Is it safe to SCUBA dive with asthma?

Megan Dp Gore, Giles Dixon*, Andrew E. Stanton

*Corresponding author for this work

Research output: Contribution to journalReview article (Academic Journal)peer-review


Introduction: Internationally it is estimated that six million people participate in self-contained underwater breathing apparatus (SCUBA) diving each year. Registries suggest a significant proportion of divers have a current or historical diagnosis of asthma. Previously individuals with asthma were prohibited from diving, however, several contemporary guidelines suggest a select population of patients with asthma may be able to dive with an acceptable degree of risk.

Areas covered: Divers with asthma may be at an increased risk of a variety of diving-related medical injuries including; pulmonary barotrauma (PBT), pneumothorax, pneumomediastinum, arterial gas embolism (AGE), reduction in pulmonary function, bronchospasm and decompression sickness (DCS). This article will discuss the latest evidence on the incidence of adverse events in diving with a focus on those caused by asthma.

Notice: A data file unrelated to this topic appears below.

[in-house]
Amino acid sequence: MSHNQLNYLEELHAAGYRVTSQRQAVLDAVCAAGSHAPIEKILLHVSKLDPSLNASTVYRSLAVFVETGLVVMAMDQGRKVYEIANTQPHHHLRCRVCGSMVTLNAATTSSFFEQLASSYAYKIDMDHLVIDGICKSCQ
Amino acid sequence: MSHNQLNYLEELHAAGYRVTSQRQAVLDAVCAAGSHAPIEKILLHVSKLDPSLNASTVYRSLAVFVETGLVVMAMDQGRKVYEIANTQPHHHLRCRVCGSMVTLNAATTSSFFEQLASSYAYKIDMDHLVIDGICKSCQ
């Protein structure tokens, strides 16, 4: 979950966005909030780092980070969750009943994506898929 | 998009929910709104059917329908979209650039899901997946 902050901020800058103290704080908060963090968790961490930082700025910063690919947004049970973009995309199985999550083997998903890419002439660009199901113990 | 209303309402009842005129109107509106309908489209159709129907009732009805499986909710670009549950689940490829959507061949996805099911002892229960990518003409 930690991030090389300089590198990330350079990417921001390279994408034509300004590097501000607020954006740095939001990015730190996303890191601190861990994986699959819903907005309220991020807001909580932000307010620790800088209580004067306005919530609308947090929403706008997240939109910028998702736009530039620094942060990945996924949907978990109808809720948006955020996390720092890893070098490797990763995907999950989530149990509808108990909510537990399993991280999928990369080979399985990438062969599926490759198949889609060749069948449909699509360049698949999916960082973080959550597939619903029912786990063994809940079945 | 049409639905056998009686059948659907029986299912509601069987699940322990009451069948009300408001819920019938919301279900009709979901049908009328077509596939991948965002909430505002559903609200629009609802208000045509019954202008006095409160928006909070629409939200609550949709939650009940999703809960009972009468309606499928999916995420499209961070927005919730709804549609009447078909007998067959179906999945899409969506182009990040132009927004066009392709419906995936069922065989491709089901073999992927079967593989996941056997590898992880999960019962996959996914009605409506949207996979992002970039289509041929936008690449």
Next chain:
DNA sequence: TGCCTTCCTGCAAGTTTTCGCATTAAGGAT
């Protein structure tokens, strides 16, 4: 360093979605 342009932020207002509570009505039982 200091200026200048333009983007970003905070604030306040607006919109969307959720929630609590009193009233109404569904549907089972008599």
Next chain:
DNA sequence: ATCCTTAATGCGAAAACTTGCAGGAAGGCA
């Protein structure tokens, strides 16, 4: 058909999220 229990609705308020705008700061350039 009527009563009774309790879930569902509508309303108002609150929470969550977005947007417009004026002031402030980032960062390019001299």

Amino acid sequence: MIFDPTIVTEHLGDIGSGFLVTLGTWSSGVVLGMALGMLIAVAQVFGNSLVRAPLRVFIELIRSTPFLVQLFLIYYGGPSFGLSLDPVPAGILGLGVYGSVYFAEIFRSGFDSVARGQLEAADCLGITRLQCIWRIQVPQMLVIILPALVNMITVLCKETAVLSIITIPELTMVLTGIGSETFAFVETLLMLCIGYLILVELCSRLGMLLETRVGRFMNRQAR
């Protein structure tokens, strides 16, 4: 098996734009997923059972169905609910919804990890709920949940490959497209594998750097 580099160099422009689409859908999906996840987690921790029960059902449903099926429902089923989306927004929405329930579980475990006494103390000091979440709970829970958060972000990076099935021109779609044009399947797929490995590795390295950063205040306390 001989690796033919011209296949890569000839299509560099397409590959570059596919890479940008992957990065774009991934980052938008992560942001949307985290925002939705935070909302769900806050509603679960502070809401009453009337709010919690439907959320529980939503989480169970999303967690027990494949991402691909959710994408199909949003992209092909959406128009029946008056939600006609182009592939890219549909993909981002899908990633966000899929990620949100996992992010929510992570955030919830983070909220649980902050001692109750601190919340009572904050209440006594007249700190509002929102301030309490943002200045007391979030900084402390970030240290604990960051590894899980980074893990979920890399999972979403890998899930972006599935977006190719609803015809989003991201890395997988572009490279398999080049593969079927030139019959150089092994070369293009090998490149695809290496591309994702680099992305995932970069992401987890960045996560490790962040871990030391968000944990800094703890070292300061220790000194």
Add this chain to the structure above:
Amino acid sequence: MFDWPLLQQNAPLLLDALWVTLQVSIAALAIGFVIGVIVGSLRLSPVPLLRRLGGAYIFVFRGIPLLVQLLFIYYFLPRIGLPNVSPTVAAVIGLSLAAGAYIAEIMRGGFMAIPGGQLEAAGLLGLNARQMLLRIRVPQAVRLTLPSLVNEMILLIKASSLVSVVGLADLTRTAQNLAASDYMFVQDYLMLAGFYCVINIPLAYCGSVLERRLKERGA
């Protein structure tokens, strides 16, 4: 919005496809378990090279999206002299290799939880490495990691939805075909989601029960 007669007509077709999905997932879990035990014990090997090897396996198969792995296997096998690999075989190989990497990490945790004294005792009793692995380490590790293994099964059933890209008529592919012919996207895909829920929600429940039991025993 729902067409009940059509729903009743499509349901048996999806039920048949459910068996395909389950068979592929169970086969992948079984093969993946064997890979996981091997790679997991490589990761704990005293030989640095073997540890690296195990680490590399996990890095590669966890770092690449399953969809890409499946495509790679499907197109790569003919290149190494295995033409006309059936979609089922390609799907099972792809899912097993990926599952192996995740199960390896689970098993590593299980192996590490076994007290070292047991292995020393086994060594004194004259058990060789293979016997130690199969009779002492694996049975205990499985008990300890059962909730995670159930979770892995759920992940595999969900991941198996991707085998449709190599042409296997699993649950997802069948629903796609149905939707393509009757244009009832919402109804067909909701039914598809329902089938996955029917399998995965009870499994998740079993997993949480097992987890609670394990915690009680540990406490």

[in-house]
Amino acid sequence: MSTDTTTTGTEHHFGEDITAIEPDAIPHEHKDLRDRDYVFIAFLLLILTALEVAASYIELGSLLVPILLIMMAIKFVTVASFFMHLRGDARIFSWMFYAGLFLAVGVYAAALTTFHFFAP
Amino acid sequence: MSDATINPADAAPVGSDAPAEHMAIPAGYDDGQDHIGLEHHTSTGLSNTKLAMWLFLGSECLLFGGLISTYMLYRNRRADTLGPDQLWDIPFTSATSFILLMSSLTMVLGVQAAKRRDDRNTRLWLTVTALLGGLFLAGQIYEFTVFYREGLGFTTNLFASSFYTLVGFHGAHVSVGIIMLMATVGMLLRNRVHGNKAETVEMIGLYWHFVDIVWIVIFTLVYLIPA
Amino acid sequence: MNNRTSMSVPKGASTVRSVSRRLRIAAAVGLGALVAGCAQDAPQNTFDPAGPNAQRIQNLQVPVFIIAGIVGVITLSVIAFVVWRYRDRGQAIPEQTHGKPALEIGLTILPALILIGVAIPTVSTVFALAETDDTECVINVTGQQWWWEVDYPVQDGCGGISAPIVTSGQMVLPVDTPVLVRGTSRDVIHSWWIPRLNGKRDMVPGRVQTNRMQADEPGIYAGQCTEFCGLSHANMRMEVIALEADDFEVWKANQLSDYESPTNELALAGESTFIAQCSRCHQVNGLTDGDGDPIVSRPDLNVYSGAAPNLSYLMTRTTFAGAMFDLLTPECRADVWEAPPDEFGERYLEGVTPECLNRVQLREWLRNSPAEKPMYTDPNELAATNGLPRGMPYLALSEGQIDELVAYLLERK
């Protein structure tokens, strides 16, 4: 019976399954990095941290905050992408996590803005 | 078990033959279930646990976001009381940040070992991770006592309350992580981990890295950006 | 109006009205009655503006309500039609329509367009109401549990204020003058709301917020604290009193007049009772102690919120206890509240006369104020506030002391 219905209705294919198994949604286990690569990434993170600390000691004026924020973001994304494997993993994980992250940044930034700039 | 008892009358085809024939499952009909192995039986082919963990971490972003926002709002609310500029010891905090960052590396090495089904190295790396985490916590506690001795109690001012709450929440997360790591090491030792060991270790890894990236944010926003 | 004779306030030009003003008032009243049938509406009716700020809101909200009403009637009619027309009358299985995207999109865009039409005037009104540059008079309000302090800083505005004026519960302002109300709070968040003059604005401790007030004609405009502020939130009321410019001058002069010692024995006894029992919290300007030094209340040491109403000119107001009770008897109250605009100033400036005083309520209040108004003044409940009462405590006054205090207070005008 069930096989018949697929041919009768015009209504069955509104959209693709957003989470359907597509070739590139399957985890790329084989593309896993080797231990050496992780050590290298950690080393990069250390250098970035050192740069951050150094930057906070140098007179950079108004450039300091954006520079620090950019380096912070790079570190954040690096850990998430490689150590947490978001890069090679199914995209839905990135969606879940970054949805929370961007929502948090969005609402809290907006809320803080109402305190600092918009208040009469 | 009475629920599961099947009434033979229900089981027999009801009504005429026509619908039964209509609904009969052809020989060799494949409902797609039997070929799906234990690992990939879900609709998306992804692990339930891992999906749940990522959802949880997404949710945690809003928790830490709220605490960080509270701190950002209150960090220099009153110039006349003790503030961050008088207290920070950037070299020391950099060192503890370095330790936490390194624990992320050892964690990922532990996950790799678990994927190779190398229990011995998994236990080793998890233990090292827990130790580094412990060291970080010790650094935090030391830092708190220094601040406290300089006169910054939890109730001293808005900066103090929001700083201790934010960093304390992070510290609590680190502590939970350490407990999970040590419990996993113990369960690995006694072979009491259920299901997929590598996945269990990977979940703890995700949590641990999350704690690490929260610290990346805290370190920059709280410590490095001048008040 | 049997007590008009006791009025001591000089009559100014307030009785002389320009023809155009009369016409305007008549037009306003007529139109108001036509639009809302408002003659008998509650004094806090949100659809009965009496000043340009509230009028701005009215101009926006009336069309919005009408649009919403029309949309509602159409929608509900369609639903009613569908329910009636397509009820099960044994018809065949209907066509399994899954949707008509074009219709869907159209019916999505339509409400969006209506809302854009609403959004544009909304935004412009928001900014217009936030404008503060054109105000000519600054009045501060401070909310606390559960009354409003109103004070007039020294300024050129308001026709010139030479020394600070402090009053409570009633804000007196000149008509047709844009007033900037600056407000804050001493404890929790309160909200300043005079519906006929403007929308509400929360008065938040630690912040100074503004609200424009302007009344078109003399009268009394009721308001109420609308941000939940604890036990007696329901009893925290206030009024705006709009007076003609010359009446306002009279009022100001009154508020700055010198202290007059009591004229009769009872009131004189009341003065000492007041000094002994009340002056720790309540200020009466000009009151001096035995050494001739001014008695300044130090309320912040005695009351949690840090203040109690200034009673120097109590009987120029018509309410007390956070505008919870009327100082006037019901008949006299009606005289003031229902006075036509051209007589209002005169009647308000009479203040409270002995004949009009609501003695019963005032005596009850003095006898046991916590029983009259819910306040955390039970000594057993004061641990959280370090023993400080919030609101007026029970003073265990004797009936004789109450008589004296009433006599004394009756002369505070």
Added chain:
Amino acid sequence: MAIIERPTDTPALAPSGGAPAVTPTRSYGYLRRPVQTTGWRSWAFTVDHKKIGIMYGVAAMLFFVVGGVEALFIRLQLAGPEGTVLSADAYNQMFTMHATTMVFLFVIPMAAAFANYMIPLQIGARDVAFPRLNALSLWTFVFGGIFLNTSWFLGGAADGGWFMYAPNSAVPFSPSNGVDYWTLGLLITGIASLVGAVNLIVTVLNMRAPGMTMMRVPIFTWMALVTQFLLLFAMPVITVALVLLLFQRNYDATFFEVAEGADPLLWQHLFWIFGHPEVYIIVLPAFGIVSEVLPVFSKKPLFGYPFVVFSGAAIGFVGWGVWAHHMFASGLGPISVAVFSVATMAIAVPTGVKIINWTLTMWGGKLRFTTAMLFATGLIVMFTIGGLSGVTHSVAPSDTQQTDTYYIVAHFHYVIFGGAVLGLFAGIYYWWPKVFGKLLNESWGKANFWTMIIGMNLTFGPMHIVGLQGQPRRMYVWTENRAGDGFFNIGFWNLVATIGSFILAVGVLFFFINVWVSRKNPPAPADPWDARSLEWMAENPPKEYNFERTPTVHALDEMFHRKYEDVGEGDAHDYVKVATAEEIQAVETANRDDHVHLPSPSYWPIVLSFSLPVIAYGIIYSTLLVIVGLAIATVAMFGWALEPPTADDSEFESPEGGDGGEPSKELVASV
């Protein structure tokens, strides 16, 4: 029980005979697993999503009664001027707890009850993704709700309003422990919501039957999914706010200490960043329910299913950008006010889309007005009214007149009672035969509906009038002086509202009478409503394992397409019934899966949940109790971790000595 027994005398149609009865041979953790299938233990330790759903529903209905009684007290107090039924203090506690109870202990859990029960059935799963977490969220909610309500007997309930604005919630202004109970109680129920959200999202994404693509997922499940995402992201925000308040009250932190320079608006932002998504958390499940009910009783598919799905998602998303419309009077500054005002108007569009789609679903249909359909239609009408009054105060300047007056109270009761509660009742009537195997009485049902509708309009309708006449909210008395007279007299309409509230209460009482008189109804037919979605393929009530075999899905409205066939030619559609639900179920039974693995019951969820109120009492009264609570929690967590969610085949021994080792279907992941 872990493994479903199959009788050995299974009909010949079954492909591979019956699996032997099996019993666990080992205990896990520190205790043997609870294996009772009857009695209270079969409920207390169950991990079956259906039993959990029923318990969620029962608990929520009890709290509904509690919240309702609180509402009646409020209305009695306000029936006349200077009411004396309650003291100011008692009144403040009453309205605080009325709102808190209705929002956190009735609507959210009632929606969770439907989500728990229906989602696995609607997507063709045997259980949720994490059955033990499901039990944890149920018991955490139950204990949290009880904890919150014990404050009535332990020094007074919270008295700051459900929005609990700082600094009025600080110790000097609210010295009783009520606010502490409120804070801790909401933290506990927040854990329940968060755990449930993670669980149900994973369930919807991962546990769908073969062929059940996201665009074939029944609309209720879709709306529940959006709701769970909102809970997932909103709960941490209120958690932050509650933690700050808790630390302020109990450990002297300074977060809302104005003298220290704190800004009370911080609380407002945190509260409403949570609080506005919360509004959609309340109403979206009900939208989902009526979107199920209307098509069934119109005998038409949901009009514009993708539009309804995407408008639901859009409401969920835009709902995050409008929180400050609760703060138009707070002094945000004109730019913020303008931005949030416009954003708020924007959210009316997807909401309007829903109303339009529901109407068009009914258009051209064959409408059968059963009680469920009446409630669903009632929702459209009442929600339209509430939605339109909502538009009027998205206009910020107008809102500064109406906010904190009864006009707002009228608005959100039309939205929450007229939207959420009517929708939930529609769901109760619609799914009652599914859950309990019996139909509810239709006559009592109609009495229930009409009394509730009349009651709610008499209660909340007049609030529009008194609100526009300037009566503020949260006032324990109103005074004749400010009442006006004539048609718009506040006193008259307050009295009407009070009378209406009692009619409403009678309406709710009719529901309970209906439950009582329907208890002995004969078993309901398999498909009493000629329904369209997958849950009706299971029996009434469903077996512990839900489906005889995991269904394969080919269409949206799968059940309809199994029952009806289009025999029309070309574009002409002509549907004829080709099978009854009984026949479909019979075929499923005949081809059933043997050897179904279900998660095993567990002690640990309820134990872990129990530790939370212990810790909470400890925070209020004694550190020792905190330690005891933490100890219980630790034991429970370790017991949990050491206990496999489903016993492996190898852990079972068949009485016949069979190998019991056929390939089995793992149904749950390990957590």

Expert opinion: Physicians can be faced with the difficult task of counseling patients with asthma who wish to dive. This review article will aim to explore the current guidelines which can assist a physician in providing a comprehensive dive safety assessment.

Original languageEnglish
Pages (from-to)1069-1077
Number of pages9
JournalExpert Review of Respiratory Medicine
Issue number11
Early online date11 Sep 2019
Publication statusE-pub ahead of print - 11 Sep 2019


  • Asthma
  • dive assessment
  • diving

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